What Are Your Story’s Stakes?

What’s at risk if your main character doesn’t achieve their goal by the end of the story?  In other words: what are the stakes?  Will they lose their life?  Will someone they need to find lose theirs?  Will the serial killer strike again?  Will the world end?  Will they lose the knitting competition? 

Stakes are what keep your main character – and your audience – motivated to keep going.  If the stakes are too low, then your audience begins to wonder what’s in it for them if they keep watching or reading.  And if the stakes for your main character are so minimal that they can see the solution to their problem will be an easy one, then there really is no conflict or dramatic tension in the narrative to drive the main character forward.

When you think about the stakes and the obstacles your main character must face to reach their goal, ask yourself if they are challenging enough to actually elicit change and growth in your main character.  Will they have to sacrifice something?  Will they have to change their behavior or an aspect of themselves in order to reach their goal?  And what will it mean for them if they don’t reach the goal and the stakes result in failure?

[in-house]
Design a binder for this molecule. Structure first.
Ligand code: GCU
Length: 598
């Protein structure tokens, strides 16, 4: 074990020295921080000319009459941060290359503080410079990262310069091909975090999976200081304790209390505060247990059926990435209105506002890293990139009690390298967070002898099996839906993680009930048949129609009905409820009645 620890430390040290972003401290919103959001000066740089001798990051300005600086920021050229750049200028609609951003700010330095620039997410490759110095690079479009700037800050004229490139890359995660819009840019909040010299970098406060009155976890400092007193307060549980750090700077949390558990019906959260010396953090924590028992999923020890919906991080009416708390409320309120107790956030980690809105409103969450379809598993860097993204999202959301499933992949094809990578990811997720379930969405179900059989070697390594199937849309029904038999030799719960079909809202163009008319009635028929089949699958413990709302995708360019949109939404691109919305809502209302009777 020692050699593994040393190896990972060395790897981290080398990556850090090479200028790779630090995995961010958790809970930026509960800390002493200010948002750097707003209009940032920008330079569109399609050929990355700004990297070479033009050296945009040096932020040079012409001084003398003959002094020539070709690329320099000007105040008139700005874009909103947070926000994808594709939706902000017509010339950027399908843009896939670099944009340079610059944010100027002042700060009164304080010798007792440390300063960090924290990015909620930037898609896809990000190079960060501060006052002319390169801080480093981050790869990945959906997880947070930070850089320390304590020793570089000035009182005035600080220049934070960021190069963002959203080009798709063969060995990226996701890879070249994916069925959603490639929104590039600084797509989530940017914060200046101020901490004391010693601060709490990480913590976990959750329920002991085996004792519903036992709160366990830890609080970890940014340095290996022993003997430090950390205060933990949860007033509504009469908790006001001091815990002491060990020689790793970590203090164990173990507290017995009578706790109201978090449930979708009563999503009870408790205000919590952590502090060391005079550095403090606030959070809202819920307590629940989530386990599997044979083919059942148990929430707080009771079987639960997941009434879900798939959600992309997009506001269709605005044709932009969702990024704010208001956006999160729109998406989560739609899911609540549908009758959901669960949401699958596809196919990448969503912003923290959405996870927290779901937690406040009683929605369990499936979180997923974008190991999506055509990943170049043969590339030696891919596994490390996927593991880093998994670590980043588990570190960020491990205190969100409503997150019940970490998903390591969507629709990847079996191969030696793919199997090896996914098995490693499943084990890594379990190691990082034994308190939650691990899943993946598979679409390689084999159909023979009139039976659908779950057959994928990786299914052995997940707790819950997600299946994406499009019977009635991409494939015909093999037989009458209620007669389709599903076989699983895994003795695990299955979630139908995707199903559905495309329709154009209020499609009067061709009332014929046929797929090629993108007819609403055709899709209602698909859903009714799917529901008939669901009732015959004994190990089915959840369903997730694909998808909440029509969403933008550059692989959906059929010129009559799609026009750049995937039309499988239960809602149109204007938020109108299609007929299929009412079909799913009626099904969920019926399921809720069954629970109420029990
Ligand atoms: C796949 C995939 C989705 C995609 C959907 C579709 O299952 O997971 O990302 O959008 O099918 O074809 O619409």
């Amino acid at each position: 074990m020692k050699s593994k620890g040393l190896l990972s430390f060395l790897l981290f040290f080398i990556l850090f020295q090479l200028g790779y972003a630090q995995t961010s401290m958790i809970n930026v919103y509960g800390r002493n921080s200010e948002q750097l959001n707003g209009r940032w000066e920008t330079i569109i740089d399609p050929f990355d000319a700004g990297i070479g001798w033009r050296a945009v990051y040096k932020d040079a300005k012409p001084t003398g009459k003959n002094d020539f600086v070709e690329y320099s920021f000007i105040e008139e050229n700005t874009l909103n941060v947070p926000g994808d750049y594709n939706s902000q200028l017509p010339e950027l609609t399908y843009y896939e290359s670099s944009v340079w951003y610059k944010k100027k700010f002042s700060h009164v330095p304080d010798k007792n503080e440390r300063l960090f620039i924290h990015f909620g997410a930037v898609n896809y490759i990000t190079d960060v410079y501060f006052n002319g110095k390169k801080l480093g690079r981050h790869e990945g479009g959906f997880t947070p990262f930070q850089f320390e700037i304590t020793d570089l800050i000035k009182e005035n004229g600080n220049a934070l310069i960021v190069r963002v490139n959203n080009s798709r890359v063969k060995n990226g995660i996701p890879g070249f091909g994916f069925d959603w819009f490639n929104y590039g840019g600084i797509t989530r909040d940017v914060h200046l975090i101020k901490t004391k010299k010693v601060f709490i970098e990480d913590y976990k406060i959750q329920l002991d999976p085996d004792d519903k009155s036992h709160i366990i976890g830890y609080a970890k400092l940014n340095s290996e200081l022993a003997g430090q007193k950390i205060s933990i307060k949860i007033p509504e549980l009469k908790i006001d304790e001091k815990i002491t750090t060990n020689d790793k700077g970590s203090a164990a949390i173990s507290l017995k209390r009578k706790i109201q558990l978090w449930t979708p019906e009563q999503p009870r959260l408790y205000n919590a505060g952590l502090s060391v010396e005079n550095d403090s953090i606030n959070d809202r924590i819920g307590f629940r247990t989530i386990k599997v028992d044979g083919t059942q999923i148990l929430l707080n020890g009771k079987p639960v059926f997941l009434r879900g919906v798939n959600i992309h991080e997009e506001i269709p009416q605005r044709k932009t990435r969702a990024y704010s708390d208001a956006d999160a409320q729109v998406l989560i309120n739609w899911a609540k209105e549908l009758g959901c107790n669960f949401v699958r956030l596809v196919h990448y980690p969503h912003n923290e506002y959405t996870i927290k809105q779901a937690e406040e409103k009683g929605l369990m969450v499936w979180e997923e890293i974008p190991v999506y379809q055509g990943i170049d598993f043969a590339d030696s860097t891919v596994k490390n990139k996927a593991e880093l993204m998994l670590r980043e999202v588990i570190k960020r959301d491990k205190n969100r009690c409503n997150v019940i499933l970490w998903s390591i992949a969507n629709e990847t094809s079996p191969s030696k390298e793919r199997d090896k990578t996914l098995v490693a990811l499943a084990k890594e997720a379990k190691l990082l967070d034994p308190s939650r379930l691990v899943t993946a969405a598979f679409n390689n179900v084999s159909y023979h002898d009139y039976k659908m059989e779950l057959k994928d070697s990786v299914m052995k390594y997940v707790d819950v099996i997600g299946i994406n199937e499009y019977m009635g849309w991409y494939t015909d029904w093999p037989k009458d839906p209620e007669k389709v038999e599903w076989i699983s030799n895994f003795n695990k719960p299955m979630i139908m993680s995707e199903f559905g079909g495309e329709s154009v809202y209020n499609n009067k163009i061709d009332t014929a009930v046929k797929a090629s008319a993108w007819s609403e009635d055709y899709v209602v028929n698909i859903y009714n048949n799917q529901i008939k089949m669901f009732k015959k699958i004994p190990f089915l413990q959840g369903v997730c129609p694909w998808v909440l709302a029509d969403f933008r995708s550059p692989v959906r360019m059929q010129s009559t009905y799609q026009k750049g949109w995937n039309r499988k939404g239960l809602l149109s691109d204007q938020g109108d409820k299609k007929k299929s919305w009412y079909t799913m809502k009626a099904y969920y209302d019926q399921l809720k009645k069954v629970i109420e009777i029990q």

When it comes to stakes, it’s okay to paint your main character into a corner.  It’s okay to give them a challenge that seems insurmountable to overcome.  In doing this you create a heightened level of tension that in turn keeps your audience glued to the screen or page.  How will they get out of this jam?  Will they have help?  How will overcoming this obstacle help them when the next one appears?

Also, too, remember that stakes are relative to the story you are telling.  If your main character is determined to win a quilting bee, the stakes probably won’t be: Win the bee or the world will be destroyed.  On the other hand, if the world is at stake, there should be a sense of urgency driving your main character to act, which will also create a sense of urgency in the audience.

And when it comes to creating urgency, nothing helps better than a Ticking Clock, which we will explore on Thursday!